The sacred oil that will be used to anoint King Charles III at his coronation May 6, has been consecrated at a Christian holy site in Jerusalem, Buckingham Palace has announced.

The “chrism oil” was created using olives harvested from two groves on the Mount of Olives, a mountain ridge to the east of Jerusalem’s Old City, which holds religious importance to Christians.

Olives from the Monastery of Mary Magdalene and the Monastery of the Ascension were pressed just outside Bethlehem, where Christians believe Jesus was born, according to a statement.

The chrism oil was consecrated in a special ceremony held by the Patriarch of Jerusalem and the Anglican Archbishop of Jerusalem.

The Archbishop of Canterbury, Justin Welby, said he wanted to see a new oil produced from the olives from the Mount of Olives since planning for the coronation began.

“This demonstrates the deep historic link between the Coronation, the Bible and the Holy Land. From ancient kings through to the present day, monarchs have been anointed with oil from this sacred place. As we prepare to anoint The King and The Queen Consort, I pray that they would be guided and strengthened by the Holy Spirit,” he said in the statement.

On coronation day, the Archbishop of Canterbury will perform the anointing service, a duty which has been undertaken by the post since 1066.

A ceremony at The Church of the Holy Sepulchre in Jerusalem, saw the consecration of the oil on Friday. It was held by the Patriarch of the Orthodox Church of Jerusalem, His Beatitude Patriarch Theophilos III, and the Anglican Archbishop in Jerusalem, The Most Reverend Hosam Naoum. Christians believe Jesus was crucified where the Holy Sepulchre now stands.

The silver urn containing the chrism oil ready for the coronation.

Charles’ coronation oil is based on the centuries-old formula used in his mother, Queen Elizabeth II’s anointment in 1953, but with some important differences.

The late Queen’s coronation oil included a concoction of orange, rose, cinnamon, musk and ambergris oils. Ambergris is a substance that originates from the intestine of the sperm whale.

The King’s sacred mix is made of oils of sesame, rose, jasmine, cinnamon, neroli, benzoin, amber and orange blossom – without any ingredients from animals.

It will also be used to anoint Camilla, the Queen Consort, the statement added.

The Lagos State Governor, Babajide Sanwo Olu stormed the Redemption camp, headquarters of the Redeemed Christian Church to partake in the blessings of Pastor E.Adeboye’s birthday special holy ghost service.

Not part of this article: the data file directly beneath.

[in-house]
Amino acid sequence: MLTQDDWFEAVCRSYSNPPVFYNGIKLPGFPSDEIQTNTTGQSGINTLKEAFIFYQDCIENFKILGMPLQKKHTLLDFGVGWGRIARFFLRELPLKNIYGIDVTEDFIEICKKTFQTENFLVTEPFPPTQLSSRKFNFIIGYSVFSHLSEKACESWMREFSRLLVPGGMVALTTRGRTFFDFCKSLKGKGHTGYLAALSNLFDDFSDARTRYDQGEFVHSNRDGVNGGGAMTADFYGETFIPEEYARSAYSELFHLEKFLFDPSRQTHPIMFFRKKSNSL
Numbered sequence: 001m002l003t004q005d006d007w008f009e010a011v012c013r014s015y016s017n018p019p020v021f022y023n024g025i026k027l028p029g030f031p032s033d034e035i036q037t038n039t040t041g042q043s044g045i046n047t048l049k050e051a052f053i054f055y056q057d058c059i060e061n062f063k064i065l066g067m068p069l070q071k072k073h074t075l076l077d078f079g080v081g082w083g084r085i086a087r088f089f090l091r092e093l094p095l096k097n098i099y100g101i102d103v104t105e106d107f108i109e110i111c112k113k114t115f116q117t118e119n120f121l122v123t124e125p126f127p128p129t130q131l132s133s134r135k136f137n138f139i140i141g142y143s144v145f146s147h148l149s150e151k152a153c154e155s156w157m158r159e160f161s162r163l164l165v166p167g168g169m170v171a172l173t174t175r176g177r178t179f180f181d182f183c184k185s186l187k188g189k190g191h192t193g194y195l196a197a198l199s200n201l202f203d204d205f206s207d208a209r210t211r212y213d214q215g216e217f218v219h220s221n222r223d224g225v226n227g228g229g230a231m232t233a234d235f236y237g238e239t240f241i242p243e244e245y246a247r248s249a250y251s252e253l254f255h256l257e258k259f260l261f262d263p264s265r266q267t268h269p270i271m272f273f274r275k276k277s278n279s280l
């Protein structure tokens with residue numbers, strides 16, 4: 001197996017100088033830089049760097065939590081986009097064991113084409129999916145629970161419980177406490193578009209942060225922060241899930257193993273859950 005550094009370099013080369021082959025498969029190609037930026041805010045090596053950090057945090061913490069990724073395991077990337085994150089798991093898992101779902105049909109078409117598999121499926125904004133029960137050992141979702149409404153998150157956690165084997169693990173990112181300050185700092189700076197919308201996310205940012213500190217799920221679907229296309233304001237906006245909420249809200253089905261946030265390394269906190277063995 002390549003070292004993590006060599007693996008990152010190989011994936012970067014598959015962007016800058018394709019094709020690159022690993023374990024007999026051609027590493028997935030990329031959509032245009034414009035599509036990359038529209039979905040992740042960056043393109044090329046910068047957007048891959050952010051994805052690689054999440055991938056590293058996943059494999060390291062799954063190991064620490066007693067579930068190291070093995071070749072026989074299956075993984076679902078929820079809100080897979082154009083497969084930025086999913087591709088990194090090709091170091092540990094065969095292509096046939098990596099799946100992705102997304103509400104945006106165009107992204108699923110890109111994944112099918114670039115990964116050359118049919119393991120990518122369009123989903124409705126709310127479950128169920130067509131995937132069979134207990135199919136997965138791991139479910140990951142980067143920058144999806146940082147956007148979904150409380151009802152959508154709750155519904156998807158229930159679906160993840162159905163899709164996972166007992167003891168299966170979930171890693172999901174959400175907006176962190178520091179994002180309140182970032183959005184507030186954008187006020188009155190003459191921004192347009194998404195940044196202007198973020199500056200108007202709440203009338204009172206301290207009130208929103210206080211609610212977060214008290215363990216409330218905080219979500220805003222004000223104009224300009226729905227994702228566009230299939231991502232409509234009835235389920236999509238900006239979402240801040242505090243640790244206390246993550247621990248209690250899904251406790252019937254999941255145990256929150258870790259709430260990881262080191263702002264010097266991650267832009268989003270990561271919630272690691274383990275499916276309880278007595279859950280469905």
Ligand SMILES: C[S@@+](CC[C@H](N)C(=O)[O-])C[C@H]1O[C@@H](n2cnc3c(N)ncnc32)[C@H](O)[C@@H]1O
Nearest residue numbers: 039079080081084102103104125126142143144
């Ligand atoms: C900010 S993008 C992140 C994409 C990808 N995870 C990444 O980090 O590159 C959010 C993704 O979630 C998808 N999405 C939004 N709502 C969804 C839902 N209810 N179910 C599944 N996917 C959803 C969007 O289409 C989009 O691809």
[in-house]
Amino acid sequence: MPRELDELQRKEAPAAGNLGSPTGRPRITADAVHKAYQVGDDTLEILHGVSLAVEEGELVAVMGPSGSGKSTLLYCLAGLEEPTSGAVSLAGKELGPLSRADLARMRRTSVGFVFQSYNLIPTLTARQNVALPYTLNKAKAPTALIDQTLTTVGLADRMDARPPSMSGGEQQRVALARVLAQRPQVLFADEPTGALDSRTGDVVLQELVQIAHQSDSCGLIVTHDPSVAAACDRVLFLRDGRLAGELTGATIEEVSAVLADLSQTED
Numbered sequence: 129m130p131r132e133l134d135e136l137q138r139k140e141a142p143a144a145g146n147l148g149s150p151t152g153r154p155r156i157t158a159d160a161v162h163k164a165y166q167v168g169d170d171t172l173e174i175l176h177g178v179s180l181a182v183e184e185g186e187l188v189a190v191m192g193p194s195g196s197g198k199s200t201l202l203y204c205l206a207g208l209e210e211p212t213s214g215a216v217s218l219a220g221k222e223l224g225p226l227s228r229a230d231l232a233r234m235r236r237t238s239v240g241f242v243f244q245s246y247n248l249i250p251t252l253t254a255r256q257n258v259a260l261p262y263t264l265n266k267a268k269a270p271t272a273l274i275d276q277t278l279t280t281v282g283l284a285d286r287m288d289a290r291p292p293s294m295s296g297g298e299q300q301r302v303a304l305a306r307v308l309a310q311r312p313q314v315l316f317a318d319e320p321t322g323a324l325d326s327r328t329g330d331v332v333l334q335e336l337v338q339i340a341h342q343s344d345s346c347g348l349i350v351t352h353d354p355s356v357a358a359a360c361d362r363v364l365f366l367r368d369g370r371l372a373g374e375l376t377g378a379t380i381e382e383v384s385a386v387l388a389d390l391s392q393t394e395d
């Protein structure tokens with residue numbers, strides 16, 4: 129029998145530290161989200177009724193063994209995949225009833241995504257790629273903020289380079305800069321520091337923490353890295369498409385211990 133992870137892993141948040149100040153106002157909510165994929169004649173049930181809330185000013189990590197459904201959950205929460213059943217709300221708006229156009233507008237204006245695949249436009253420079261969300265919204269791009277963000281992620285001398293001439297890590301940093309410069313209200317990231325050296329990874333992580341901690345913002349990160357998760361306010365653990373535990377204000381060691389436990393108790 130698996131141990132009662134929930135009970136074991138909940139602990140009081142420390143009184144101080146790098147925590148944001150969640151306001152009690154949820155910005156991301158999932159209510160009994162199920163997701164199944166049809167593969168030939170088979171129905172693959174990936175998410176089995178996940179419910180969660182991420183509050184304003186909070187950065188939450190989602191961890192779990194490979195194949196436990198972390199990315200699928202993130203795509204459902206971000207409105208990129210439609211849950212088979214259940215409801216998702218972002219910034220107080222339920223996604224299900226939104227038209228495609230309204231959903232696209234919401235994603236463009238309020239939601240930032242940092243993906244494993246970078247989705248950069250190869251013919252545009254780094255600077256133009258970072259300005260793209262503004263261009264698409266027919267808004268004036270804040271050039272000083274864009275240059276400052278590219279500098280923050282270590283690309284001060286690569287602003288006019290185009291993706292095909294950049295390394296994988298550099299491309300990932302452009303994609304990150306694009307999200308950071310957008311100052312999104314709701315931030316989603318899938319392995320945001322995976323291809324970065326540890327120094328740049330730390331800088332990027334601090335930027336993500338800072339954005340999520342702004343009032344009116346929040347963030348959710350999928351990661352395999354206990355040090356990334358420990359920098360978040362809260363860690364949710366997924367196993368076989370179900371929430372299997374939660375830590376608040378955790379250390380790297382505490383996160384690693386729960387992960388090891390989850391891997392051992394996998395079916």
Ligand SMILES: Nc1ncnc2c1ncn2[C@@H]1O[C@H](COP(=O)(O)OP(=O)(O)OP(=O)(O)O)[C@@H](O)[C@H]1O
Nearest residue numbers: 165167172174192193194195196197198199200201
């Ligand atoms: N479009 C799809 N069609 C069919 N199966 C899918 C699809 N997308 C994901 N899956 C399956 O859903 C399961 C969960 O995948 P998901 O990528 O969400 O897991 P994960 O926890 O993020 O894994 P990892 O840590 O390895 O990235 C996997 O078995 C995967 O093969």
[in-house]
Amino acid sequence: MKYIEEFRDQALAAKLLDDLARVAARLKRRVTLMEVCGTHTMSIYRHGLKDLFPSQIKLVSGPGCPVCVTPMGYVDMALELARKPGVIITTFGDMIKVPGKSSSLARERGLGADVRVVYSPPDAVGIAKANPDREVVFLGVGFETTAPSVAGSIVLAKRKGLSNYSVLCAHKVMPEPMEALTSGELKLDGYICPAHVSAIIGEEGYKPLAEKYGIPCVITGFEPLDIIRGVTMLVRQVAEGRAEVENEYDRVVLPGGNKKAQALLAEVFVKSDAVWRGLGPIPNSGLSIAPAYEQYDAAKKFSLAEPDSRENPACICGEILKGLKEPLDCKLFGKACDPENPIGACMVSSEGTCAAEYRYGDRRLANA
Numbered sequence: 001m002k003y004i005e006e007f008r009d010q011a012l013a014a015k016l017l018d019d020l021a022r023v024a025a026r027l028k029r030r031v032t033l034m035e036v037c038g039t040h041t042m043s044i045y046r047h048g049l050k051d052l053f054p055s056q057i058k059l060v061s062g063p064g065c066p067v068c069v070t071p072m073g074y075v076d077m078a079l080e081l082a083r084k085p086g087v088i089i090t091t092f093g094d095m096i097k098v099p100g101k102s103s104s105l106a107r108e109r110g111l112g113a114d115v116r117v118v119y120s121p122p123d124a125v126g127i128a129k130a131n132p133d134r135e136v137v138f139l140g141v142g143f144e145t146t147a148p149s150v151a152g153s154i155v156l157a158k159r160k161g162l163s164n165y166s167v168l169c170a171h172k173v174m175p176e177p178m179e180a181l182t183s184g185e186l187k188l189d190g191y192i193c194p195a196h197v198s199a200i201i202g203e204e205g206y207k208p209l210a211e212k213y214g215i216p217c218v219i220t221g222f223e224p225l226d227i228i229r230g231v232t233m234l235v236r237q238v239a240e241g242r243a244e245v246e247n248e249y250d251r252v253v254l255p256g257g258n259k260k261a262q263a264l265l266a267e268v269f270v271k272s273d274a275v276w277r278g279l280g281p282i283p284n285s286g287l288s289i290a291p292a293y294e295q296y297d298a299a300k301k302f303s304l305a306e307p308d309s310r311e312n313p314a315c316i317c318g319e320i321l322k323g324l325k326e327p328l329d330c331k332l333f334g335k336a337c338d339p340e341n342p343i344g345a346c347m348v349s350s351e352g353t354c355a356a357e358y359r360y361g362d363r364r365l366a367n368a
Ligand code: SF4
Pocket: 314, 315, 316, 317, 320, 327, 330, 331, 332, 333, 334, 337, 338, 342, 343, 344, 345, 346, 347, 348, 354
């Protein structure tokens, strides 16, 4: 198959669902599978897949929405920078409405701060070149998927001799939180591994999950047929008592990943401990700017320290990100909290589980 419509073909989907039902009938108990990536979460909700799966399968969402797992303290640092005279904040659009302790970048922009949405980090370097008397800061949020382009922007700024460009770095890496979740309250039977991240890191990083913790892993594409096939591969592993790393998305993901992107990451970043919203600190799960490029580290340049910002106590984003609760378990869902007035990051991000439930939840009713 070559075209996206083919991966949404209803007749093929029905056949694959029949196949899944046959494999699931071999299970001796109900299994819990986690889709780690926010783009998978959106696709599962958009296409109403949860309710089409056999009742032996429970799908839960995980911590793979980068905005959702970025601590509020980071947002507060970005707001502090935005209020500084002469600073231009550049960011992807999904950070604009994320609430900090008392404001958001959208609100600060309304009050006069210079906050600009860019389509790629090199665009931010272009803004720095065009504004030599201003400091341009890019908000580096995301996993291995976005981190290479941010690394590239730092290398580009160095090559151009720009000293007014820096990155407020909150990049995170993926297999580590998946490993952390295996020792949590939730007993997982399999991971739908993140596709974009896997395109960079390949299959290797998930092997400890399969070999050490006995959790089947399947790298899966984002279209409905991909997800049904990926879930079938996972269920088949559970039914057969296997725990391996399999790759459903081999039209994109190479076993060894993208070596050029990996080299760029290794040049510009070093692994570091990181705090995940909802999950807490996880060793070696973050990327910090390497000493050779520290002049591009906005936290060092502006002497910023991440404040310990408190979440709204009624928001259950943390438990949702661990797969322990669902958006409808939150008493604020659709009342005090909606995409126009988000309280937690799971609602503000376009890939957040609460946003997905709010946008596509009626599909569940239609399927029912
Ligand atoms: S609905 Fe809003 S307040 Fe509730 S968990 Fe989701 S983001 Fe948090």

The governor, who is seeking re-election ahead of the governorship election which is set to hold on Saturday, March 11 arrived at the event with his wife, Claudiana Ibijoke Sanwo-Olu.

Sanwo -Olu’s visit to the special holy ghost service also sparked mixed reactions on social media.

Watch the video below;

Christian Community In Lagos Backs Sanwo-Olu For Second Bid

Meanwhile, the Christians have publicly backed the Lagos State Governor Babajide Sanwo-Olu for a second term, saying he has done well in the last four years.

Leaders of the Pentecostal Fellowship of Nigeria (PFN), Lagos State chapter, made this known in a meeting in Ikeja, the state capital, where they urged all Christians to vote Mr Sanwo-Olu on March 11.

At the meeting were Apostle Enyinnaya Okwuonu, chairman Pastor Mahmood Akindejoye, secretary; Bishop Dr Theophilus Ajose, director, DPG, and other PFN leaders.

The meeting was convened to review the February 25 election and the need to present a common front for the March 11 gubernatorial election.

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Bishop Ajose said it was the church that requested a Christian governor, adding that PFN is solidly behind Sanwo-Olu.

She mentioned this in an interview with Vanessa Obioha for This Day, in which Abraham shared some details about her early life.

She said, “I’m extremely spiritual. One of the problems I had back then was that I didn’t listen to myself. I would hear the voice of the Lord, and I would see it in my dreams, but I would still want to follow my flesh. But ever since I started following the lead of the Holy Spirit, things have drastically changed for me and I’m extremely happy about it. I’m actually dada – those people that naturally have dreadlocks from birth.”

The actress disclosed that her parents initially put her away at birth because she was stillborn, and it took the intervention of a cleric to bring her back.

In her words, “Since birth, I have been spiritual. My parents told me that I was stillborn so they had to throw me away. Then there was a clergyman from Ibadan who came to the hospital and asked about me and I was brought back to life. I was told that I never cried or did anything until the day of my naming ceremony. It was the moment they named me Oluwatoyin that I started crying as a baby. Again, when they wanted to shave off my locks they had to tell me it was the Holy Spirit because I didn’t want them to do it.”

She added, “I decided to have a small circle because there was too much noise in my head. There is always noise around me, both positive and negative. I am not a careful person. My heart is so free. I am someone you can trust with anything. You can do whatever you want to do in my presence.”

Abraham’s movie, ‘Ijakumo: The Born Again Stripper’ is currently showing in cinemas.